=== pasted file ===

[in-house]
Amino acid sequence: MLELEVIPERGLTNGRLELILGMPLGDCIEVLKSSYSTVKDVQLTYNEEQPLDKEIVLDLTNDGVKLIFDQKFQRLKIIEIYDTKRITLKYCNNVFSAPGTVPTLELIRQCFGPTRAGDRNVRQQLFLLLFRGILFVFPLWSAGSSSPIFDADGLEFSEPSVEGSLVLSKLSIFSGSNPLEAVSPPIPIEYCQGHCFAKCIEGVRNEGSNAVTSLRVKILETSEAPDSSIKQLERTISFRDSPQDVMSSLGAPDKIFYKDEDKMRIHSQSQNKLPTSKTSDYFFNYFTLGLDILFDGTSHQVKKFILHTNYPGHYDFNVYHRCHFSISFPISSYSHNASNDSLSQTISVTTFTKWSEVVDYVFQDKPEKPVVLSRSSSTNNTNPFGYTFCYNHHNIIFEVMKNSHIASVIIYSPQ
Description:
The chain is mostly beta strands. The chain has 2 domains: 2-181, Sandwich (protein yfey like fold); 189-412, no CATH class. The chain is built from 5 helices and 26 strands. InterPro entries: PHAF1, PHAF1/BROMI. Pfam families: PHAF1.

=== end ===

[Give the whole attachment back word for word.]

[in-house]
Amino acid sequence: MLELEVIPERGLTNGRLELILGMPLGDCIEVLKSSYSTVKDVQLTYNEEQPLDKEIVLDLTNDGVKLIFDQKFQRLKIIEIYDTKRITLKYCNNVFSAPGTVPTLELIRQCFGPTRAGDRNVRQQLFLLLFRGILFVFPLWSAGSSSPIFDADGLEFSEPSVEGSLVLSKLSIFSGSNPLEAVSPPIPIEYCQGHCFAKCIEGVRNEGSNAVTSLRVKILETSEAPDSSIKQLERTISFRDSPQDVMSSLGAPDKIFYKDEDKMRIHSQSQNKLPTSKTSDYFFNYFTLGLDILFDGTSHQVKKFILHTNYPGHYDFNVYHRCHFSISFPISSYSHNASNDSLSQTISVTTFTKWSEVVDYVFQDKPEKPVVLSRSSSTNNTNPFGYTFCYNHHNIIFEVMKNSHIASVIIYSPQ
Description:
The chain is mostly beta strands. The chain has 2 domains: 2-181, Sandwich (protein yfey like fold); 189-412, no CATH class. The chain is built from 5 helices and 26 strands. InterPro entries: PHAF1, PHAF1/BROMI. Pfam families: PHAF1.